March 26, 2009

The Big Reversal: Lyondell Chemical Company v. Ryan

– by Brad Aronstam, Connolly Bove Lodge & Hutz

Last night, the Delaware Supreme Court delivered the much anticipated decision in Lyondell Chemical Company v. Ryan (No. 401, 2008). The decision reverses last year’s widely-followed opinion of the Court of Chancery declining to grant summary judgment in favor of the defendant directors of Lyondell Chemical Company (“Lyondell”) on Revlon claims.

Having taken the rare action of granting defendants’ interlocutory appeal from a decision denying summary judgment, the Delaware Supreme Court took the even rarer action of not only reversing the Court of Chancery but also entering summary judgment in favor of the defendant directors. In so doing, the Supreme Court with surprising terseness decided what apparently is a novel issue of Delaware law: precisely when Revlon duties arise.

As set forth by the Supreme Court, Revlon duties arise not when a company is put in play (such as in the case of Ryan when a Schedule 13D puts a company in play), but “when a company embarks on a transaction – on its own initiative or in response to an unsolicited offer – that will result in a change of control.” Here, the Supreme Court held that Revlon duties did not arise until the target directors actually began negotiating the sale of Lyondell. Rather, the decision to “wait and see” was subject to the deferential business judgment rule.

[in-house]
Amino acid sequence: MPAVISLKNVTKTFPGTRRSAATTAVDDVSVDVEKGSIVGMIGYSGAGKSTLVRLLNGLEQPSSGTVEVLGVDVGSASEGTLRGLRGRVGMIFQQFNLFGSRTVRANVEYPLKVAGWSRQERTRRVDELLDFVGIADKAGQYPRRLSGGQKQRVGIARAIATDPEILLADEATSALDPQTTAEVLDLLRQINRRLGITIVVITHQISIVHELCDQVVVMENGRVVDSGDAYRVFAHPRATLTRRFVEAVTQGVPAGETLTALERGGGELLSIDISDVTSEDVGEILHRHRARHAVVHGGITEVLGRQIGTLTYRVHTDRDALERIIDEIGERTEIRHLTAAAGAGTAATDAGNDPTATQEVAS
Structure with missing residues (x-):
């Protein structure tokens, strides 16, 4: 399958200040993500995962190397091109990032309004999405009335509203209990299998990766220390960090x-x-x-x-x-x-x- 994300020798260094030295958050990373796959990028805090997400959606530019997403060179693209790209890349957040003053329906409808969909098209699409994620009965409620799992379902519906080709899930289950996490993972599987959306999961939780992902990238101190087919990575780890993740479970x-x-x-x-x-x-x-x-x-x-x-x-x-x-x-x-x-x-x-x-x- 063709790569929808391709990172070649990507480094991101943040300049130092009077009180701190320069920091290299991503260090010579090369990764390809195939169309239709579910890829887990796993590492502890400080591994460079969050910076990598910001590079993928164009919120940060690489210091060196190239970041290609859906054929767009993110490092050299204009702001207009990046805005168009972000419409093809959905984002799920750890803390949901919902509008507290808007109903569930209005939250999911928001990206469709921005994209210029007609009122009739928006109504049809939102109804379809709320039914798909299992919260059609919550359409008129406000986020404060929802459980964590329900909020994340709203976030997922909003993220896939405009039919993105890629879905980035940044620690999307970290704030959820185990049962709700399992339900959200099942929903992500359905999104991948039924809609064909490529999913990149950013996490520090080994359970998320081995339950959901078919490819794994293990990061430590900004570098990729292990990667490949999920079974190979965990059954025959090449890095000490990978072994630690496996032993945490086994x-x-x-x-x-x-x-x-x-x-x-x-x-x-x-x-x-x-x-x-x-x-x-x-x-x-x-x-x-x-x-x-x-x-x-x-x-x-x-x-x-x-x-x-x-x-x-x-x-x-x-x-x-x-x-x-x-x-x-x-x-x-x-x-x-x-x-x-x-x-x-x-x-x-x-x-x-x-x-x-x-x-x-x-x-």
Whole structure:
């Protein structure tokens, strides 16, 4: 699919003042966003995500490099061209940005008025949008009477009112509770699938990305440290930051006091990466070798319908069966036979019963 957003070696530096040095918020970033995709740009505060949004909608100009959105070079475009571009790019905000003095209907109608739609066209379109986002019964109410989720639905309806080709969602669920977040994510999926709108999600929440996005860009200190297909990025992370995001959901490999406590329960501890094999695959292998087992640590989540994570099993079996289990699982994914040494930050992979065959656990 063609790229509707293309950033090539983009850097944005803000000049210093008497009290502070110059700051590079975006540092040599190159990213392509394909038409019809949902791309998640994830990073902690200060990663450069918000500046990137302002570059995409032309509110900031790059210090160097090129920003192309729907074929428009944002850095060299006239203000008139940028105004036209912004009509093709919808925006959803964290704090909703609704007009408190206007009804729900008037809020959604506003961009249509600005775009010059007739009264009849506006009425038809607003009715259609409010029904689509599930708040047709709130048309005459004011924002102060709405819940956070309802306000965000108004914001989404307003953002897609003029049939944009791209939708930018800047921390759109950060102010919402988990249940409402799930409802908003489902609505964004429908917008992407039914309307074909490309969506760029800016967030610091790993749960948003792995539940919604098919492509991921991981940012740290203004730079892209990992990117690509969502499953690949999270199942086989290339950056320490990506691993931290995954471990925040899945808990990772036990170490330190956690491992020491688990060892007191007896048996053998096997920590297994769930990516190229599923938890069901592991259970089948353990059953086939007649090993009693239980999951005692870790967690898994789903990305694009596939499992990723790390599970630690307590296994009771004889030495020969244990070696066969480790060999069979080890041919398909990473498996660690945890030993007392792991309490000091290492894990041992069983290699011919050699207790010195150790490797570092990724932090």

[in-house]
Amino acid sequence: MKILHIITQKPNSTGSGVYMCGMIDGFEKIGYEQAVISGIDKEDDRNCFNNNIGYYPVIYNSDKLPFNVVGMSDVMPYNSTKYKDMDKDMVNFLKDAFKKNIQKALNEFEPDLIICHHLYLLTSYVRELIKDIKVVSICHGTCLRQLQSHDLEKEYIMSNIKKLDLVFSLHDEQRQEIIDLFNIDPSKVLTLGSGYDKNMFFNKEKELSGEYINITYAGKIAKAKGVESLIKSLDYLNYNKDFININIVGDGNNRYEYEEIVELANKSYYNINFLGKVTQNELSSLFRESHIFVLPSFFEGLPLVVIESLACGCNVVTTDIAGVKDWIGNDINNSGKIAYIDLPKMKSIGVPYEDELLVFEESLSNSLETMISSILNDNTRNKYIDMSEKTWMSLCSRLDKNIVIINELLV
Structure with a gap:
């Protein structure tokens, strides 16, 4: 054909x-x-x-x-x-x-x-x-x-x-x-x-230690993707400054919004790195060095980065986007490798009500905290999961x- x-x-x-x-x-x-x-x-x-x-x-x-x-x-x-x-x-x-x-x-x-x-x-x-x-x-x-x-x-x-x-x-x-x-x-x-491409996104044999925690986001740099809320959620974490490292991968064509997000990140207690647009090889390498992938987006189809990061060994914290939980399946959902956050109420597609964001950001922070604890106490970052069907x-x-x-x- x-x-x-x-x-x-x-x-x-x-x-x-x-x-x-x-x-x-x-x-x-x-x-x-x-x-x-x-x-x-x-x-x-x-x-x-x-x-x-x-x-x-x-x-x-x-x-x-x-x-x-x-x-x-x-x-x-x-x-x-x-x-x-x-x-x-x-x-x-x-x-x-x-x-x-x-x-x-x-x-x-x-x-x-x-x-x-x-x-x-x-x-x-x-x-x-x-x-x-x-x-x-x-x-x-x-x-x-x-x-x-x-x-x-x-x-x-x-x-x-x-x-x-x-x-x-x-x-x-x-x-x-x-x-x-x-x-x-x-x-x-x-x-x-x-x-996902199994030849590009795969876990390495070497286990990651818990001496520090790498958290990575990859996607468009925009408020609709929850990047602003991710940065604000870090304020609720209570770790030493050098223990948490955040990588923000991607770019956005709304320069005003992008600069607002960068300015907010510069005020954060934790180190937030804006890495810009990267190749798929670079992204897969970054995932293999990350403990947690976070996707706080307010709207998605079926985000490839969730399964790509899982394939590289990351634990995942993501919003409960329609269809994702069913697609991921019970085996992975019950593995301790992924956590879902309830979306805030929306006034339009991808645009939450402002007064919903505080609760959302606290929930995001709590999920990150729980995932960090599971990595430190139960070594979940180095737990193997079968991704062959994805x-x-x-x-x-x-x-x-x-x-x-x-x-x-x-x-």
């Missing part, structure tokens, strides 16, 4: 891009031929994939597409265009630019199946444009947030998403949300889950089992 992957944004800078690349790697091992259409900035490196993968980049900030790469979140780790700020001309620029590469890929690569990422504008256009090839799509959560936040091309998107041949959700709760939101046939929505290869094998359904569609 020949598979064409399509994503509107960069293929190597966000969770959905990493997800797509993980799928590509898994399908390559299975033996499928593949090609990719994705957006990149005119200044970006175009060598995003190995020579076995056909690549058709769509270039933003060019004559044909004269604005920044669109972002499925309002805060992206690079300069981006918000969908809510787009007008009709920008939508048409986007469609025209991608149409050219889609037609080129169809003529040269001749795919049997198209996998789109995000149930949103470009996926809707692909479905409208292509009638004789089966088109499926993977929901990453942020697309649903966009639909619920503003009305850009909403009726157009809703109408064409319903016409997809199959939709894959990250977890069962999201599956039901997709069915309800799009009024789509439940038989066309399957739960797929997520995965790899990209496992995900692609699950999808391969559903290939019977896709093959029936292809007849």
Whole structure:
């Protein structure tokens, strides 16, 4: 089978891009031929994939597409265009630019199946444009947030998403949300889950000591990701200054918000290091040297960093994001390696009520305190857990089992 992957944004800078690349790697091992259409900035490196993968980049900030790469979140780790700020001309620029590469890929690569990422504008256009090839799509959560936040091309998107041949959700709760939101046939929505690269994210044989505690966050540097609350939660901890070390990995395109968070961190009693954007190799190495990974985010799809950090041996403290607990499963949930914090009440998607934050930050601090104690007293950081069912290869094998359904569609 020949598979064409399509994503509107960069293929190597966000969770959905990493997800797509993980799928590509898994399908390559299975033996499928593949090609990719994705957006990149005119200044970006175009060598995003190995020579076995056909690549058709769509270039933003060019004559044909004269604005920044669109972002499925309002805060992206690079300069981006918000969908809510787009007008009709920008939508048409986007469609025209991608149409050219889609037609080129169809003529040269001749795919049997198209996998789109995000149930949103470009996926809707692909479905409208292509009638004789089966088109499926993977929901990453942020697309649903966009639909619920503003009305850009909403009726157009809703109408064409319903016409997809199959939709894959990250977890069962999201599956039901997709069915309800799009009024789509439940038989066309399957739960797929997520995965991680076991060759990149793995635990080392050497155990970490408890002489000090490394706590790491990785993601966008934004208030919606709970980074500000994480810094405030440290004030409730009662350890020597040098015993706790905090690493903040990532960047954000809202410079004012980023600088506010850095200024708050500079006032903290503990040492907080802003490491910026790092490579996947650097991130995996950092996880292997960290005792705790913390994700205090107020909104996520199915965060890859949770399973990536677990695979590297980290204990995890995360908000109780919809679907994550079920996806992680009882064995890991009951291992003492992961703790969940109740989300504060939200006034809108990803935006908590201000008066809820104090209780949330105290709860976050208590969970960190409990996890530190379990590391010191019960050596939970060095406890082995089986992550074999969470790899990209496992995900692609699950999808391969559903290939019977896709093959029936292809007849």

The Supreme Court moreover directed the focus of any relevant inquiry on the affirmative actions of the directions (i.e., what the directors did do), as opposed to what they did not do. Ultimately, the Supreme Court admonished: “[t]he trial court approached the record from the wrong perspective. Instead of questioning whether disinterested, independent directors did everything that they (arguably) should have done to obtain the best sale price, the inquiry should have been whether those directors utterly failed to attempt to obtain the best sale price.”

The particular factual allegations underlying this decision bear emphasis and provide transparency into where the Supreme Court was coming from: the consideration paid to Lyondell stockholders represented a 45% premium over the closing stock price of Lyondell immediately before the market learned of the would-be acquirer’s interest in Lyondell from the above referenced Schedule 13D; the transaction was approved by an independent and disinterested board; and the merger was additionally approved by 99.33% of the shares voting in favor of the transaction (equal to 65.80% of the total outstanding shares).

The merger transaction thus represented a substantial premium, lacked any of the hallmark conflicted director/shareholder suitors that typically predominate these types of challenged transactions, and garnered the resounding endorsement of the Lyondell shareholders.

At the end of the day, the Court’s outcome is not altogether surprising given this confluence of unusual facts and the decision to grant interlocutory appeal in the first place. The short 20-page opinion is a “must read” for M&A practitioners and surely will serve as fodder for much discussion and debate in the months to come.